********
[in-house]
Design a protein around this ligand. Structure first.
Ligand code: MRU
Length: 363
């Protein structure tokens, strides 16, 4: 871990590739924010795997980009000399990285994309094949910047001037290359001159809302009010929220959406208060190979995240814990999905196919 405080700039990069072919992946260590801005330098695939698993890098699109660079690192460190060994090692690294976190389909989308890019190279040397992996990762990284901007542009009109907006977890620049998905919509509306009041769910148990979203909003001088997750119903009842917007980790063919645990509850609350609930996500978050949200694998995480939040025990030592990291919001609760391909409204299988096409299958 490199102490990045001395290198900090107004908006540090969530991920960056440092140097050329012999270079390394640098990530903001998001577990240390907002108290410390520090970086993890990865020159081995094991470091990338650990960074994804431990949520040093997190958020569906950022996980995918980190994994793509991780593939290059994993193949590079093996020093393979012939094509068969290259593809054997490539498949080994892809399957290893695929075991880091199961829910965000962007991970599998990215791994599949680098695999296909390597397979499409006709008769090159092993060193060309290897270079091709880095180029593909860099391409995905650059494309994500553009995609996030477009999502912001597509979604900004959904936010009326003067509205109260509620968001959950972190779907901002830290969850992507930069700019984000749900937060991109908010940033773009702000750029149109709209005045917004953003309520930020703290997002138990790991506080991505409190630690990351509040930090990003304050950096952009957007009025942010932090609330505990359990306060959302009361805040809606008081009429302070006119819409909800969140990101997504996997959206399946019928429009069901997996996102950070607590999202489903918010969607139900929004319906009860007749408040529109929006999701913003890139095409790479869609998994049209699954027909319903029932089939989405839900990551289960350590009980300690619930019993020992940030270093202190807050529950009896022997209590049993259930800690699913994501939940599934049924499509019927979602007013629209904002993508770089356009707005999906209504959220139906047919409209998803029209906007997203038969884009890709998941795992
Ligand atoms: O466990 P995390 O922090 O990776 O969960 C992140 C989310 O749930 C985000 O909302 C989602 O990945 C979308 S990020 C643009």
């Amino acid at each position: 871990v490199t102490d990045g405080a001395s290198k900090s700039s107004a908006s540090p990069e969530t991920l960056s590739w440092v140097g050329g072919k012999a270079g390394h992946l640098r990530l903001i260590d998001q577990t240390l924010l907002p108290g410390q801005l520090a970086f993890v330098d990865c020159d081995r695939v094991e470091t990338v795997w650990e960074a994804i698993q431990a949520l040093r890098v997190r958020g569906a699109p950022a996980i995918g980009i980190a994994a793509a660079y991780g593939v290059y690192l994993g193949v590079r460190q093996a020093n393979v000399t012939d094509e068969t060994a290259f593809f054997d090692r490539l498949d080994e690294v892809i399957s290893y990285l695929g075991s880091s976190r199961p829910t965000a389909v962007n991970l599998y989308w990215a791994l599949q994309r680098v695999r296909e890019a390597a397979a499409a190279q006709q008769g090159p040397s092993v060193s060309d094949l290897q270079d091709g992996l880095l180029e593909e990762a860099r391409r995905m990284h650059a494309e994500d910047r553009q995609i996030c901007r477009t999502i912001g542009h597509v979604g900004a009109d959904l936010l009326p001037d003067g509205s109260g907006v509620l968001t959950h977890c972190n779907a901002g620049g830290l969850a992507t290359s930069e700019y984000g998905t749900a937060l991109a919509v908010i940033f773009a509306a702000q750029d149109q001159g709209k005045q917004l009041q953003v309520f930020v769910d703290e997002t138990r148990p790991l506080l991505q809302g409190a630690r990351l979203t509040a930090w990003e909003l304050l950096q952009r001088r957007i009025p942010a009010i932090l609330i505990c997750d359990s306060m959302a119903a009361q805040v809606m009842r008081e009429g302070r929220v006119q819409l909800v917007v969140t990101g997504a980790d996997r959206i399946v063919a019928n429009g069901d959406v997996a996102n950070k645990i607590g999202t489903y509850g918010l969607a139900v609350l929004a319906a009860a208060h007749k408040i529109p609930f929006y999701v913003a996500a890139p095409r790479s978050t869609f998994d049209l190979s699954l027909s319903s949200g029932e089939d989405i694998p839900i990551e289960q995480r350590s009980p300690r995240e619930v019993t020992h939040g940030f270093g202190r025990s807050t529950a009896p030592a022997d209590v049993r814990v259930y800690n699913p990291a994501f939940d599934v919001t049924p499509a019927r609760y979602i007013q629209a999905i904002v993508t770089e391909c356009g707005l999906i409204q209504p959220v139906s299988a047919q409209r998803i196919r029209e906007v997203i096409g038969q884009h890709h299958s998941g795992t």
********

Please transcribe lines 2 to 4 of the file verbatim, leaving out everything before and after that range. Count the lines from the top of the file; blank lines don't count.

Design a protein around this ligand. Structure first.
Ligand code: MRU
Length: 363